Dealing with Dementors

This past Sunday was Balloon Sunday at First Parish Church in Taunton.  My story was inspired by this article I found by Chris Crass.  It’s amazing what can be found on the internet by plugging a few words into your search engine.

The Harry Potter stories have lots of mythical  and magical creatures – some nice and wonderful, some not so much.  One of the least nice of the creatures are the Dementors.  According to Professor Lupin of Hogwarts School of Witchcraft and Wizardry, Dementors “drain peace, hope, and happiness out of the air around them… Get too near a Dementor and every good feeling, every happy memory will be sucked out of you…You will be left with nothing but the worst experiences of your life.”

And the worst news is…Dementors are real.

In real life, Dementors are not wispy, dark ghosts floating around us.  They are the people that we meet from time to time who tell us that we are not smart enough, that we are not pretty enough or strong enough or skinny enough.  They are the people who tell us that we should quit trying to do great things because we are not good enough.  They tell us that we shouldn’t even try to bring good things into our lives because we are not worth it.

Expecto Patronum!

 

We know how to deal with Dementors, though.  In the world of Harry Potter, they use the Patronus charm and that is how we deal with Dementors in real life, too.  We whip out our wands and shout, “Expecto Patronum!”

Not really.  Although that sounds like a lot of fun and I might just try it some time.

The key to the Patronus charm is not the wand or how loud we shout the magic words.  The true strength of the magic is in our happy memories.  The hope and love in our hearts is what protects us and drives away the Dementors.

So when we meet Dementors – and we will meet them –  we must remember to fill our hearts with happy memories, loving thoughts and hope.  We strengthen those memories and thoughts by filling our lives with people who love us, who support us as we grow into wonderful people and who help us do great things.

It would be way more fun to whip out our wands and shout, “Expecto Patronum” at some Dementor who has been putting us down.  However, as two young girls at church reminded me on Sunday, Dementors can often be driven away by simply ignoring them or telling them that we don’t like what they are saying.  And then go get a piece of chocolate.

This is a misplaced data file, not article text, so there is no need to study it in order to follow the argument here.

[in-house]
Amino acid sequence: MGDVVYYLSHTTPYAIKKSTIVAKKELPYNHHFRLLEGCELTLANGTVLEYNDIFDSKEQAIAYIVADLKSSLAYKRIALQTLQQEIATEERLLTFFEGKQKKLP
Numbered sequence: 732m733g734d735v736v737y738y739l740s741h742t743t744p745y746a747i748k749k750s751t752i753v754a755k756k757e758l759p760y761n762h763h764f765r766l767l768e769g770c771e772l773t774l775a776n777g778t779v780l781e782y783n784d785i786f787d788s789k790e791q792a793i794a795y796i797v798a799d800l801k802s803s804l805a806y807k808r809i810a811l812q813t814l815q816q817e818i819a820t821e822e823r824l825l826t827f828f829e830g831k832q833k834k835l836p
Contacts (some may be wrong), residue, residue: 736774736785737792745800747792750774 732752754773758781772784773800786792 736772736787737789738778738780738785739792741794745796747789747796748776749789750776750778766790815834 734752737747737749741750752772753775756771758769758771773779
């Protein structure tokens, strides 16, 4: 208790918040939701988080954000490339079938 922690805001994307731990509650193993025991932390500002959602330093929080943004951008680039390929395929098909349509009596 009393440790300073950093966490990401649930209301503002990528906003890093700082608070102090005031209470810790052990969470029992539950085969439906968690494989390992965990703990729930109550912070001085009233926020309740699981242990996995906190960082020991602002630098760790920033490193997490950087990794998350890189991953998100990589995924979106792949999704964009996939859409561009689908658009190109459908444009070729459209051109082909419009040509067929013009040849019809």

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The 3 sisters – Hope, Faith and Love

???????????????????????????????????????The theme in February at First Parish Church in Taunton is Hope.  I have been thinking a lot about Hope and Faith lately.  This story, which I told at our Time for All Ages, came from that thinking.

This is a story about three sisters – Hope, Faith and Love.  I think their parents might have been hippies.  Every day, the sisters work to fight injustice.  They march against unfair treatment.  They help kids being bullied.  They sit with parents with sick kids.  They help families struggling to pay the rent and put food on the table.

Each morning, Hope wakes up first and, in her wee happy voice, she sings, “I hope today will be a good day.”  Her cheery optimism helps get her sisters up and ready for the day.  The sisters sing together over breakfast, hum while washing up and dance while getting dressed to start the day.  Bellies full, clean and neat, the sisters head to the door.  Sometimes Hope’s sunny mood dims a little as she considers their work ahead and the challenges they might face.  “I hope today will be a good day, but I am not sure.”

Faith chirps up in a voice strong and determined.  “I have faith that our work matters.  I have faith that things will get better.”  Hand in hand, the three sisters set out to protest, to protect, to educate, to feed and clothe, and to heal the broken places in the world.   They march arm in arm.  They speak truth to power.  They hug and cry with the suffering.  They sing with the brave.  They keep their hands busy with their life giving, world saving work.

The sisters have many friends and partners, but not everyone welcomes them.  Sometimes they meet people who put them down.  Sometimes they meet people who push them down.  Sometimes they are even beat down.  In these dark times even Hope’s optimism and Faith’s determination waiver.